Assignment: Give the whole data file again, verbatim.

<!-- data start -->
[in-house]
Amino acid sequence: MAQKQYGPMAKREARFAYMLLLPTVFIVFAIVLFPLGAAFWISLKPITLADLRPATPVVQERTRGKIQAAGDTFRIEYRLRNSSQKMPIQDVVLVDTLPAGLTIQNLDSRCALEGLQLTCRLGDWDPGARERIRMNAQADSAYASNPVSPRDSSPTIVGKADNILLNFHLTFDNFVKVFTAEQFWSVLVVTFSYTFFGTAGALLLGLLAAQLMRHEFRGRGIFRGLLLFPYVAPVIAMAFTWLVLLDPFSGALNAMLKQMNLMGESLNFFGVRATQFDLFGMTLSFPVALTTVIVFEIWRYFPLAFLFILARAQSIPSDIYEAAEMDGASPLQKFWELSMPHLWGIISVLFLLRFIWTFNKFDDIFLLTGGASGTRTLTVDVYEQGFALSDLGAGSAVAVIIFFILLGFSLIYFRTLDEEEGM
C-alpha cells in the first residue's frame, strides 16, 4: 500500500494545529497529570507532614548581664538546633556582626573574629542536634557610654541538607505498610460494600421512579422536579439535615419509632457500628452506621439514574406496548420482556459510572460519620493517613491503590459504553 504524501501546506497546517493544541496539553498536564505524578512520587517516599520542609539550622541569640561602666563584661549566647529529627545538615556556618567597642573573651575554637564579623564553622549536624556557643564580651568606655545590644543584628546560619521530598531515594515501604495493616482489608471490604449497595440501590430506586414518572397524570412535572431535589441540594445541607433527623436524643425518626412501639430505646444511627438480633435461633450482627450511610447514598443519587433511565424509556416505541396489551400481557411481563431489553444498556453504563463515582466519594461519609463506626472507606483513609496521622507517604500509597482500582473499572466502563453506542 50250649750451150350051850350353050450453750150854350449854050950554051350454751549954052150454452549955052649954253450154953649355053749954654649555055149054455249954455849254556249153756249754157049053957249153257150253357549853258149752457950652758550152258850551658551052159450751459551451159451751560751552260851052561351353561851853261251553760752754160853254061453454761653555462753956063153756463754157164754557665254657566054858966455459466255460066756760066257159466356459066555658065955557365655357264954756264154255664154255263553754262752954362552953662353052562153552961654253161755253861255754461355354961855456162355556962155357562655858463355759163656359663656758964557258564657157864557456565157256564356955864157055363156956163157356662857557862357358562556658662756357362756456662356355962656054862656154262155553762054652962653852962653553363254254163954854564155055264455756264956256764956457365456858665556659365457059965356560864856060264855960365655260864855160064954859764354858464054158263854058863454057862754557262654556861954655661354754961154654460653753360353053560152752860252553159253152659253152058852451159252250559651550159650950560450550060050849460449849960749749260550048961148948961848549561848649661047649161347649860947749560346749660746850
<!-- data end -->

[in-house]
Amino acid sequence: MAQKQYGPMAKREARFAYMLLLPTVFIVFAIVLFPLGAAFWISLKPITLADLRPATPVVQERTRGKIQAAGDTFRIEYRLRNSSQKMPIQDVVLVDTLPAGLTIQNLDSRCALEGLQLTCRLGDWDPGARERIRMNAQADSAYASNPVSPRDSSPTIVGKADNILLNFHLTFDNFVKVFTAEQFWSVLVVTFSYTFFGTAGALLLGLLAAQLMRHEFRGRGIFRGLLLFPYVAPVIAMAFTWLVLLDPFSGALNAMLKQMNLMGESLNFFGVRATQFDLFGMTLSFPVALTTVIVFEIWRYFPLAFLFILARAQSIPSDIYEAAEMDGASPLQKFWELSMPHLWGIISVLFLLRFIWTFNKFDDIFLLTGGASGTRTLTVDVYEQGFALSDLGAGSAVAVIIFFILLGFSLIYFRTLDEEEGM
C-alpha cells in the first residue's frame, strides 16, 4: 500500500494545529497529570507532614548581664538546633556582626573574629542536634557610654541538607505498610460494600421512579422536579439535615419509632457500628452506621439514574406496548420482556459510572460519620493517613491503590459504553 504524501501546506497546517493544541496539553498536564505524578512520587517516599520542609539550622541569640561602666563584661549566647529529627545538615556556618567597642573573651575554637564579623564553622549536624556557643564580651568606655545590644543584628546560619521530598531515594515501604495493616482489608471490604449497595440501590430506586414518572397524570412535572431535589441540594445541607433527623436524643425518626412501639430505646444511627438480633435461633450482627450511610447514598443519587433511565424509556416505541396489551400481557411481563431489553444498556453504563463515582466519594461519609463506626472507606483513609496521622507517604500509597482500582473499572466502563453506542 50250649750451150350051850350353050450453750150854350449854050950554051350454751549954052150454452549955052649954253450154953649355053749954654649555055149054455249954455849254556249153756249754157049053957249153257150253357549853258149752457950652758550152258850551658551052159450751459551451159451751560751552260851052561351353561851853261251553760752754160853254061453454761653555462753956063153756463754157164754557665254657566054858966455459466255460066756760066257159466356459066555658065955557365655357264954756264154255664154255263553754262752954362552953662353052562153552961654253161755253861255754461355354961855456162355556962155357562655858463355759163656359663656758964557258564657157864557456565157256564356955864157055363156956163157356662857557862357358562556658662756357362756456662356355962656054862656154262155553762054652962653852962653553363254254163954854564155055264455756264956256764956457365456858665556659365457059965356560864856060264855960365655260864855160064954859764354858464054158263854058863454057862754557262654556861954655661354754961154654460653753360353053560152752860252553159253152659253152058852451159252250559651550159650950560450550060050849460449849960749749260550048961148948961848549561848649661047649161347649860947749560346749660746850